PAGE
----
Resolved, That this General Convention direct the Standing Commission on Liturgy and Music to develop liturgical resources to observe the loss of a companion animal and that it reoprt its work to the 77th General Convention.

Various groups within the Church have shown an interest in developing inclusive liturgies for events that touch people's lives, for which there currently exists no authorized rite. The bond between humans and their animal companions can be strong, causing a deep sense of loss, grief (or even guilt) over the animal's death, especially when dealing with the loss alone, without the presence of their community of faith, or having the preconception that such an event falls outside the interest of their church. Our animal companions provide a unique connection to creation and expand our sense of God's diverse gifts in creation. In many cases they also join us as partners in ministry, in such capacities as assistance animals, i.e., seeing eye dogs, etc. as well as therapy dogs and cats used in health care facilities and for pastoral care. An authorized rite in the Book of Occasional Services would give clergy and others a resource for offering pastoral care at the death of a companion animal.

How far-gone must the Episcopal Church be that they are passing legislation directing the development of rites for animals? Too few in the Episcopal Church know of the jabs the Rev. Dr. Andrew Linzey has taken for developing precisely these sorts of liturgies and a theology of animals heavily rooted in the Incarnation upon which his thought and concern are based. We are witnessing the expansion of our lex orandi through revisiting and reappreciating our lex credendi: Christ’s Incarnation is for the sake of all flesh. No less than SS Benedict, David, Francis, and Seraphim could have told us as much, if we would but pay attention to our ancestors in faith. Again, the seeds are already planted in our Prayer Book and resources.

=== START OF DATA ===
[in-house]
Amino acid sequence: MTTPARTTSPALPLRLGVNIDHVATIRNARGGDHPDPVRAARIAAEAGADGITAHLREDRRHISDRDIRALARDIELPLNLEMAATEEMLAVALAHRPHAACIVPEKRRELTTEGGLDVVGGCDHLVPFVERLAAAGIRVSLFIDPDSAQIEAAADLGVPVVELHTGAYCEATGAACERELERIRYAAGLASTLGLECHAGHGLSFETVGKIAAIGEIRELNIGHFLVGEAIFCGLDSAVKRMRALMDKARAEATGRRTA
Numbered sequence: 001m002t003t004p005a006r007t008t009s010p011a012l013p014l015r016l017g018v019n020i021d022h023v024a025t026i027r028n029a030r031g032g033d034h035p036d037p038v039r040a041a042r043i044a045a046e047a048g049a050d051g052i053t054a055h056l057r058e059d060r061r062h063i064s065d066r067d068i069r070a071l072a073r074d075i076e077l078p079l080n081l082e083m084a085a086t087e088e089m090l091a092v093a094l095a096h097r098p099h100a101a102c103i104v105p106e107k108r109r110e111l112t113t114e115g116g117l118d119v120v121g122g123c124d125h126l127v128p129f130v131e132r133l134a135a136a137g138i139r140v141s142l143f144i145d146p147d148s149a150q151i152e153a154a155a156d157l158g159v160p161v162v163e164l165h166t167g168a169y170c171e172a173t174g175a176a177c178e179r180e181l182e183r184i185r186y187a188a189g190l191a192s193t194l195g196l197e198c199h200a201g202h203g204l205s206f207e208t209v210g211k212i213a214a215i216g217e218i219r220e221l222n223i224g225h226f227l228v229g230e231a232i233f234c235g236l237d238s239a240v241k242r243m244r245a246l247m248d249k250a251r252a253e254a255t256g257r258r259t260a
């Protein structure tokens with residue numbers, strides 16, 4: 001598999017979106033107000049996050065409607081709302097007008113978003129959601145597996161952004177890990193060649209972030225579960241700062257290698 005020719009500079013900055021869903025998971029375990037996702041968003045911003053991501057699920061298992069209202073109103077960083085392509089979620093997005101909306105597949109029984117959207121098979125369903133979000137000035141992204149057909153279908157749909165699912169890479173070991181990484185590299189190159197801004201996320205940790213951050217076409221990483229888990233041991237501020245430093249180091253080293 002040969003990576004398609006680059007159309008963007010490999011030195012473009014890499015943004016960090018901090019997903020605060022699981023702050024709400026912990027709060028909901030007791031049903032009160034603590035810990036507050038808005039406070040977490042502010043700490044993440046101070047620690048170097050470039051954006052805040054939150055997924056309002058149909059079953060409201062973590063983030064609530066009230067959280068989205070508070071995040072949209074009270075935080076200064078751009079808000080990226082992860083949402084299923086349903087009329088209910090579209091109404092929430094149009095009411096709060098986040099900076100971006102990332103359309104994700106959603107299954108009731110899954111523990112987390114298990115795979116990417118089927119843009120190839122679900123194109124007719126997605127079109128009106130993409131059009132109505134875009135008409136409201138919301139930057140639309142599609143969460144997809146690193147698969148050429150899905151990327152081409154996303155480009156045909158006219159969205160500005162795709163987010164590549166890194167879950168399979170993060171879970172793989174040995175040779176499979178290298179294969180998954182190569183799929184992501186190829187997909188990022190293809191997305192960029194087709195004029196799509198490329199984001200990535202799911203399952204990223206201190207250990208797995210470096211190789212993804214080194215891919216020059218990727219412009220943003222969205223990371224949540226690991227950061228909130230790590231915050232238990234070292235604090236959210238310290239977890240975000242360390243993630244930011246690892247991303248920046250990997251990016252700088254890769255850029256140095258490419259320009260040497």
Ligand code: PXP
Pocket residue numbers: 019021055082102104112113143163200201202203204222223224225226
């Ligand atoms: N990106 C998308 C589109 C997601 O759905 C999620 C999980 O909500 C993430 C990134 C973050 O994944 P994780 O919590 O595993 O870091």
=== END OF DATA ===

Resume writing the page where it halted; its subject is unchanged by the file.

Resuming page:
To bless God in Christ by the Spirit is the foundational act for our living, our serving, our dying. This is the embrace to which our Lord Christ calls us as images of His own “great High Priesthood,” in the words to the close of Prayer C. Reverence begins with what is in front of us by giving thanks for God’s goodness. A bow for He who comes in the Name of the Lord matters at the Thrice-Holy. A thanksgiving before eating daily bread acknowledges gift. A desire to see each person blessed by tangible graces and up-building words greets Christ. An unwillingness to pause in appreciation at the felling of a thousand-year old tree teaches blasphemy. The put-down of another makes flesh our curses. Or in F.D. Maurice’s words, “the Incarnation may be set aside in acts as well as words.” The recovery of this sense of wonder and awe at a God’s creation is a first step to finding our proper place again, that is, to learning humility. To recover reverence of God’s gifts is to profess the Incarnation.

Certainly, to offer words of thanksgiving for the loss of a domesticated animal companion will not save the planet. Nonetheless, to bless God for the life of just one animal, who has been a friend and companion, begins to have us think anew about our fellow creatures, about creation, about ourselves, about God. Such a gesture may be small, but it is significant step toward recognizing our coexistence with, our reliance upon, and our shared flesh as fellow creatures. And so we find these words from another resolution passed, D015:

Resolved, the House of Deputies concurring, That the 76th General Convention support the humane and merciful treatment of all of God's Creatures; and be it further

Resolved, That the General Convention urge Diocesan Environmental Commissions or Committees to provide information to educate our congregations about decisions that would affect the lives and health of endangered species, farmed food animals and domesticated animals; and be it further